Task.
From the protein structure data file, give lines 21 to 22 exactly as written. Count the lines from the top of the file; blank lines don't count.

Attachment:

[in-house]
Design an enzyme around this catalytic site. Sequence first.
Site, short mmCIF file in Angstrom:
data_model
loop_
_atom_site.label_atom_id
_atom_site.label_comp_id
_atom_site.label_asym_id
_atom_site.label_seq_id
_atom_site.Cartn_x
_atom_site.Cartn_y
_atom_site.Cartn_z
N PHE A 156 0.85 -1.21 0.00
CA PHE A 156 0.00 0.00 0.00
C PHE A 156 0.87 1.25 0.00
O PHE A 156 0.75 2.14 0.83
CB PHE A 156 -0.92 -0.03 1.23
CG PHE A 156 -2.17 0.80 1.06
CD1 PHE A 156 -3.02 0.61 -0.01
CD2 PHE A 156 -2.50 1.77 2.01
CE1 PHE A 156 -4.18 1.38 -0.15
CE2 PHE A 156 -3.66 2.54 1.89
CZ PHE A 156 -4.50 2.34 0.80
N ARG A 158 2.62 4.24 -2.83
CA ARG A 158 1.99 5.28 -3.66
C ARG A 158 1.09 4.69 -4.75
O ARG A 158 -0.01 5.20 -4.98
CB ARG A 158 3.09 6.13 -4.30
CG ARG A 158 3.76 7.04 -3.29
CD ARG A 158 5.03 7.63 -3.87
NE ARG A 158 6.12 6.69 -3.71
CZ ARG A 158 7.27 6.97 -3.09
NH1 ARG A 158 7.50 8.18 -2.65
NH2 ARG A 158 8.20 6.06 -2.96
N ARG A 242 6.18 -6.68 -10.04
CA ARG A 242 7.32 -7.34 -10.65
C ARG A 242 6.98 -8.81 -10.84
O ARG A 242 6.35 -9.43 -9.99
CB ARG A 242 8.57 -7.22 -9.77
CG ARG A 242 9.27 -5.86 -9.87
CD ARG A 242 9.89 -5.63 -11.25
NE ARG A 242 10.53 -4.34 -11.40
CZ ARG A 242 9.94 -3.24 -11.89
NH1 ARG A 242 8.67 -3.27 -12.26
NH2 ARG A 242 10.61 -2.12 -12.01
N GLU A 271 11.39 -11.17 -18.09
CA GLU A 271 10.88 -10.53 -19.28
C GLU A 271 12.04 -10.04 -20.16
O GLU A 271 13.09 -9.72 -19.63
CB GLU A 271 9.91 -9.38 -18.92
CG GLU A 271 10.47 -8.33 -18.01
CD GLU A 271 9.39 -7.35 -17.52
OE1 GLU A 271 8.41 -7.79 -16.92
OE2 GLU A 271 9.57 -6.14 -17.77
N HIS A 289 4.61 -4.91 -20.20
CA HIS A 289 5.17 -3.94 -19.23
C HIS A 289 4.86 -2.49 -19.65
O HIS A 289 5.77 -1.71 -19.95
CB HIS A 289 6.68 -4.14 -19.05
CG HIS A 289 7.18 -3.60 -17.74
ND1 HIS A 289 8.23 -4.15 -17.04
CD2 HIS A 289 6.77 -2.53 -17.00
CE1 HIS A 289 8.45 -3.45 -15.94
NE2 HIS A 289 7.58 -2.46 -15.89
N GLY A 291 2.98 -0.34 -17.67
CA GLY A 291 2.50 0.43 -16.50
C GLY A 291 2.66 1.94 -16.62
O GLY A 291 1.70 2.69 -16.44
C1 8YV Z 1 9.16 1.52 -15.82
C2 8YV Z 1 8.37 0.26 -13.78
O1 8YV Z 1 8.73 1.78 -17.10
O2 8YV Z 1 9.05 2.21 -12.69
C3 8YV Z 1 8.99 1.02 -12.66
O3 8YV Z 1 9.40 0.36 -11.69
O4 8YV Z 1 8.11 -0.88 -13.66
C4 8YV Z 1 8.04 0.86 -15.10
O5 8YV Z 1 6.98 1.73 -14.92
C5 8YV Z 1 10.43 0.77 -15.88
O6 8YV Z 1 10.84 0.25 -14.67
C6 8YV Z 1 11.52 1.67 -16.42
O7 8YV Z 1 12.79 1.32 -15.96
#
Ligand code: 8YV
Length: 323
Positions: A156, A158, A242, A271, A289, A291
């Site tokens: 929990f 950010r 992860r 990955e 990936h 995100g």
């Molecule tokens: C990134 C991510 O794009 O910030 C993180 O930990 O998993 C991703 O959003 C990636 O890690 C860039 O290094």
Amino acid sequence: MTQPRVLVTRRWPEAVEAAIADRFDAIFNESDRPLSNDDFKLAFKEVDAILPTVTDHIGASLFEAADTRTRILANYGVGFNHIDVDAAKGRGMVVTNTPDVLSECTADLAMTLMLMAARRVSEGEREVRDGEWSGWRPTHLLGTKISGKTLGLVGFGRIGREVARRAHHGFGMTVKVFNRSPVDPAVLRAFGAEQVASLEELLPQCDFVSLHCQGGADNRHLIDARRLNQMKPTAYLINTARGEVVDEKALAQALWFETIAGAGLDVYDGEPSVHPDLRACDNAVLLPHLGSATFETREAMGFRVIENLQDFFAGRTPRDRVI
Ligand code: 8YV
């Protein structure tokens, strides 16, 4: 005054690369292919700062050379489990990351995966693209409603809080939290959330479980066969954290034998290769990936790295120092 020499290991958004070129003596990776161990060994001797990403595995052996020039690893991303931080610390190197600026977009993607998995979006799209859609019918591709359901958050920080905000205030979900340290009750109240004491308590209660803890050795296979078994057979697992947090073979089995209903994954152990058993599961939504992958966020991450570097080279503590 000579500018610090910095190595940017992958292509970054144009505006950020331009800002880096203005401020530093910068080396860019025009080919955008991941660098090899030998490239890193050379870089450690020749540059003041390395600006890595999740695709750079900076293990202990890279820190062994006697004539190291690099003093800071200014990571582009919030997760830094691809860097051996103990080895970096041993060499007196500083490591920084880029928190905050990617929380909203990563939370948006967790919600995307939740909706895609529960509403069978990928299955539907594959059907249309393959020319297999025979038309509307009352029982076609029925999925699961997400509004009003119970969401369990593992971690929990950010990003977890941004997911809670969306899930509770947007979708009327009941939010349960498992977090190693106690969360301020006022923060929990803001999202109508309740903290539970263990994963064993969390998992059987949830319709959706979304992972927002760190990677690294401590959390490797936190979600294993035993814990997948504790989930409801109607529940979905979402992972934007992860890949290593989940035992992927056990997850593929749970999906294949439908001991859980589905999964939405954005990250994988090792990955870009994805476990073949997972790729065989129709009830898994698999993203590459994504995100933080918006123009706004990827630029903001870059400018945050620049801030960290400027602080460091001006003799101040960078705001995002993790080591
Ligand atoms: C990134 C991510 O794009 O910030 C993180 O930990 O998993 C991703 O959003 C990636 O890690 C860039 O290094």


CE1 PHE A 156 -4.18 1.38 -0.15
CE2 PHE A 156 -3.66 2.54 1.89